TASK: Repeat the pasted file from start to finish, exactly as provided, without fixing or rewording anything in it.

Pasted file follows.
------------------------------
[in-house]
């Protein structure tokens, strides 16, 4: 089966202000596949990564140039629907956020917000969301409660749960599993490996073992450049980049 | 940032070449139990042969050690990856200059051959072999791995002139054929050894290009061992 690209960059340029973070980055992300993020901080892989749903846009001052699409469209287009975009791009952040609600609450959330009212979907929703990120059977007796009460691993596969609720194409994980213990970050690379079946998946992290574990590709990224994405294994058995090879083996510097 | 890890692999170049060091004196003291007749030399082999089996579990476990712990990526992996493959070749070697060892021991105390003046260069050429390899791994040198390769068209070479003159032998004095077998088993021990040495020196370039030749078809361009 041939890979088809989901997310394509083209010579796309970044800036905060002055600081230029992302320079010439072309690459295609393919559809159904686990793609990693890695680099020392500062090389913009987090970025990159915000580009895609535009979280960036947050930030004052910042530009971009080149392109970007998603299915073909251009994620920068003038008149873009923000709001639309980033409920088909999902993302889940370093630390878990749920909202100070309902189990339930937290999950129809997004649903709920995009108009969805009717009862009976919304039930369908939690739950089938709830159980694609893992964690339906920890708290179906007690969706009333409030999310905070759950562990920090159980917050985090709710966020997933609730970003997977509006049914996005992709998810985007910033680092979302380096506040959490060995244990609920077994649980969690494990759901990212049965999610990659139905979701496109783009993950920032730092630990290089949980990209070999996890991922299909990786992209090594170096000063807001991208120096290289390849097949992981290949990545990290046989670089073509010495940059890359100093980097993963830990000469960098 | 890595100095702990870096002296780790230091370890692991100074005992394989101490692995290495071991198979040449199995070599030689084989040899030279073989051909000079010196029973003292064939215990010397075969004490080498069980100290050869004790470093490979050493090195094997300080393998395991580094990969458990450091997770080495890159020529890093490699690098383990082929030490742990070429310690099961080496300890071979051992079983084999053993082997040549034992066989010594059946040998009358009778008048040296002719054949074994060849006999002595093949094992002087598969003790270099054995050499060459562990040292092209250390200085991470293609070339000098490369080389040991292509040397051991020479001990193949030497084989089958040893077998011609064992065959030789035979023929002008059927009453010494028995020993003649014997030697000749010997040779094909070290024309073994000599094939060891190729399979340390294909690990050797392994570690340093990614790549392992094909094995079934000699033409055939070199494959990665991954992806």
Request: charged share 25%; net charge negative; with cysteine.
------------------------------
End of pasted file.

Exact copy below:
[in-house]
């Protein structure tokens, strides 16, 4: 089966202000596949990564140039629907956020917000969301409660749960599993490996073992450049980049 | 940032070449139990042969050690990856200059051959072999791995002139054929050894290009061992 690209960059340029973070980055992300993020901080892989749903846009001052699409469209287009975009791009952040609600609450959330009212979907929703990120059977007796009460691993596969609720194409994980213990970050690379079946998946992290574990590709990224994405294994058995090879083996510097 | 890890692999170049060091004196003291007749030399082999089996579990476990712990990526992996493959070749070697060892021991105390003046260069050429390899791994040198390769068209070479003159032998004095077998088993021990040495020196370039030749078809361009 041939890979088809989901997310394509083209010579796309970044800036905060002055600081230029992302320079010439072309690459295609393919559809159904686990793609990693890695680099020392500062090389913009987090970025990159915000580009895609535009979280960036947050930030004052910042530009971009080149392109970007998603299915073909251009994620920068003038008149873009923000709001639309980033409920088909999902993302889940370093630390878990749920909202100070309902189990339930937290999950129809997004649903709920995009108009969805009717009862009976919304039930369908939690739950089938709830159980694609893992964690339906920890708290179906007690969706009333409030999310905070759950562990920090159980917050985090709710966020997933609730970003997977509006049914996005992709998810985007910033680092979302380096506040959490060995244990609920077994649980969690494990759901990212049965999610990659139905979701496109783009993950920032730092630990290089949980990209070999996890991922299909990786992209090594170096000063807001991208120096290289390849097949992981290949990545990290046989670089073509010495940059890359100093980097993963830990000469960098 | 890595100095702990870096002296780790230091370890692991100074005992394989101490692995290495071991198979040449199995070599030689084989040899030279073989051909000079010196029973003292064939215990010397075969004490080498069980100290050869004790470093490979050493090195094997300080393998395991580094990969458990450091997770080495890159020529890093490699690098383990082929030490742990070429310690099961080496300890071979051992079983084999053993082997040549034992066989010594059946040998009358009778008048040296002719054949074994060849006999002595093949094992002087598969003790270099054995050499060459562990040292092209250390200085991470293609070339000098490369080389040991292509040397051991020479001990193949030497084989089958040893077998011609064992065959030789035979023929002008059927009453010494028995020993003649014997030697000749010997040779094909070290024309073994000599094939060891190729399979340390294909690990050797392994570690340093990614790549392992094909094995079934000699033409055939070199494959990665991954992806």
Request: charged share 25%; net charge negative; with cysteine.